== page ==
Over the past few years, the fundamental responsibilities of the chief marketing officer (CMO) have gradually evolved into a role requiring more technical prowess. In fact, a new job category, that of chief marketing technologist, has emerged as a typically common role within marketing departments. As prospects and customers continue to engage over digital channels, CMOs with technical expertise will be in greater demand as the qualification to manage modern enterprise marketing requires merging technology with marketing.
According to Tech News World, , employees must have a higher degree of digital literacy to keep pace with today’s workplace productivity demands. Over the next two years, 90% of the workforce must be proficient at such basic computer skills as managing email and company software; over 50% will need more advanced skills including the ability to use, configure and build digital systems. We have truly and completely entered into the age of the digital workplace.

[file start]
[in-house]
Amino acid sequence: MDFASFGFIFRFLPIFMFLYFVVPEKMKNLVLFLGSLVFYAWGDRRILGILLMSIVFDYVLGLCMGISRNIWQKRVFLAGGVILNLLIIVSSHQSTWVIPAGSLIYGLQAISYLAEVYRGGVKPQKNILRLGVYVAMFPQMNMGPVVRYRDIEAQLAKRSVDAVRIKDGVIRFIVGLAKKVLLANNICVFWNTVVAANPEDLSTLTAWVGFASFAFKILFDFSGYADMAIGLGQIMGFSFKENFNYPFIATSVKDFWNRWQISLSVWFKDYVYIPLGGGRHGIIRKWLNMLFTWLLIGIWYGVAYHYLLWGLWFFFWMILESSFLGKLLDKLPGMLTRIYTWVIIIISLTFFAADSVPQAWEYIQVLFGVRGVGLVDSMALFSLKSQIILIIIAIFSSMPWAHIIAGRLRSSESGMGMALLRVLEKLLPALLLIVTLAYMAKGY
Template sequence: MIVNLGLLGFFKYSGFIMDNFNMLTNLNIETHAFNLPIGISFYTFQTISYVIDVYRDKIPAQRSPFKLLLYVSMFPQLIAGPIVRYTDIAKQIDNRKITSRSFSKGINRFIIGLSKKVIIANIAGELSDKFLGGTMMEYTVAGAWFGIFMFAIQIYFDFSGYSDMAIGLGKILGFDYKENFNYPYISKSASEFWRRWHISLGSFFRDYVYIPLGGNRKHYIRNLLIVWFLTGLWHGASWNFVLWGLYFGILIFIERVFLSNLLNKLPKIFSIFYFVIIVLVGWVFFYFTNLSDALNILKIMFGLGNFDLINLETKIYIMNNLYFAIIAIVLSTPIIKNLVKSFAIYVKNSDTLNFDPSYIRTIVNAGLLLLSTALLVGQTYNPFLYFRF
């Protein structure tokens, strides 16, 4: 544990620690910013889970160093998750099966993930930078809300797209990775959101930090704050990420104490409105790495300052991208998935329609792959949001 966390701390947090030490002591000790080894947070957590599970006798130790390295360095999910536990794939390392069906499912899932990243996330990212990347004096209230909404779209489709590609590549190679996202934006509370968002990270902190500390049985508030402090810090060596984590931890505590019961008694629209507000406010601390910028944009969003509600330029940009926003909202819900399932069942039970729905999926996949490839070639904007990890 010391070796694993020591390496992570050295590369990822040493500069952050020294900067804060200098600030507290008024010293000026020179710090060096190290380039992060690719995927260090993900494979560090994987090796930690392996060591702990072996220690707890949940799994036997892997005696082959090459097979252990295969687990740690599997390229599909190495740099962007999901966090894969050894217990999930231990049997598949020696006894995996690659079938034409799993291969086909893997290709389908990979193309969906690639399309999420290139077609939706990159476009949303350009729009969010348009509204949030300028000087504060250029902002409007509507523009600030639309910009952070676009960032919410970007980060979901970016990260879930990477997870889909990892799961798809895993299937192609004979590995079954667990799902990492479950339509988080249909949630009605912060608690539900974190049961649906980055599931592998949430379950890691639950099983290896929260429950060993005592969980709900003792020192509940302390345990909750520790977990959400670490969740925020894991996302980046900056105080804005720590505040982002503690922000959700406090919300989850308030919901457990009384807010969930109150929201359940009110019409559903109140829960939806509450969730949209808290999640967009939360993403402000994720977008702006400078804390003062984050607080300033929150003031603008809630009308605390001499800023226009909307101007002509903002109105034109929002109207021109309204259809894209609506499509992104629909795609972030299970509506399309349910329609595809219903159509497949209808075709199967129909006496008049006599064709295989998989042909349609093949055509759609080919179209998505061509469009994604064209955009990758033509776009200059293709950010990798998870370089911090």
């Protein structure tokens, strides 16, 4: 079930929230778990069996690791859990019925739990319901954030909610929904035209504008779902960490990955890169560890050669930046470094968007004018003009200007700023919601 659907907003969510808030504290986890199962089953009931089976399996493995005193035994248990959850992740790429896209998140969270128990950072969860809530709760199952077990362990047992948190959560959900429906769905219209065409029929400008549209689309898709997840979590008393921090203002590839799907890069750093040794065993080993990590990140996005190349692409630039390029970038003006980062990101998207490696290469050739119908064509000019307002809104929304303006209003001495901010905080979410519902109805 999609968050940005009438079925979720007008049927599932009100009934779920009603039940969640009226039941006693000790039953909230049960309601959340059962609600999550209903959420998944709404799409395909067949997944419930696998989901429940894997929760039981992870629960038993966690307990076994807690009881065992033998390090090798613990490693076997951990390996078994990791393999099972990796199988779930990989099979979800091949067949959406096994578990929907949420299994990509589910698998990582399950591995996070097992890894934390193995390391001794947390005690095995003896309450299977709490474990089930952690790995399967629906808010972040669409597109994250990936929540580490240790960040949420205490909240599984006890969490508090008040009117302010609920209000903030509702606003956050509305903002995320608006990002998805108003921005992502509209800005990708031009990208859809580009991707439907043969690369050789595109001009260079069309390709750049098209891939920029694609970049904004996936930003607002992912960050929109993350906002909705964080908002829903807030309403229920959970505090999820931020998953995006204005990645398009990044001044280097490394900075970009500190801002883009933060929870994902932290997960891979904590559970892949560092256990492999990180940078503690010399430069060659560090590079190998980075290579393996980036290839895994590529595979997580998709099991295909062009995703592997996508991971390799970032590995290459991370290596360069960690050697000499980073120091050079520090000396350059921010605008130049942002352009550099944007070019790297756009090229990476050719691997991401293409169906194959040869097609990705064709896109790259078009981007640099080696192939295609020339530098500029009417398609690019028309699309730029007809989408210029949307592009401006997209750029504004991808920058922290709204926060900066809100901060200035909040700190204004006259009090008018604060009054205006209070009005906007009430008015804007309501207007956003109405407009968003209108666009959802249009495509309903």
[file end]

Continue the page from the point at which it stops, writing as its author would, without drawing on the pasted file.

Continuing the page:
Digital transformation focuses on a process of preparing your company to stay competitive in the marketplace by building the right customer experience (CX) strategy for the future. By combining the right strategy with innovative technologies, your brand will be equipped to quickly adapt to changes in your industry. How can “strategy” best be defined? And how do you measure the success of your digital transformation? Not to over-simplify the process, but one of the key components to an accurate assessment consists of connecting your CX strategy to Key Performance Indicators (KPIs), especially those that your CEO deems most important. In essence, digital transformation for your brand can be summarized with these essential actions: craft a plan for the future; execute on that initiative; and finally, measure that plan to demonstrate its efficacy. Let’s take a look at some issues that will affect your CX strategy in 2019 and beyond.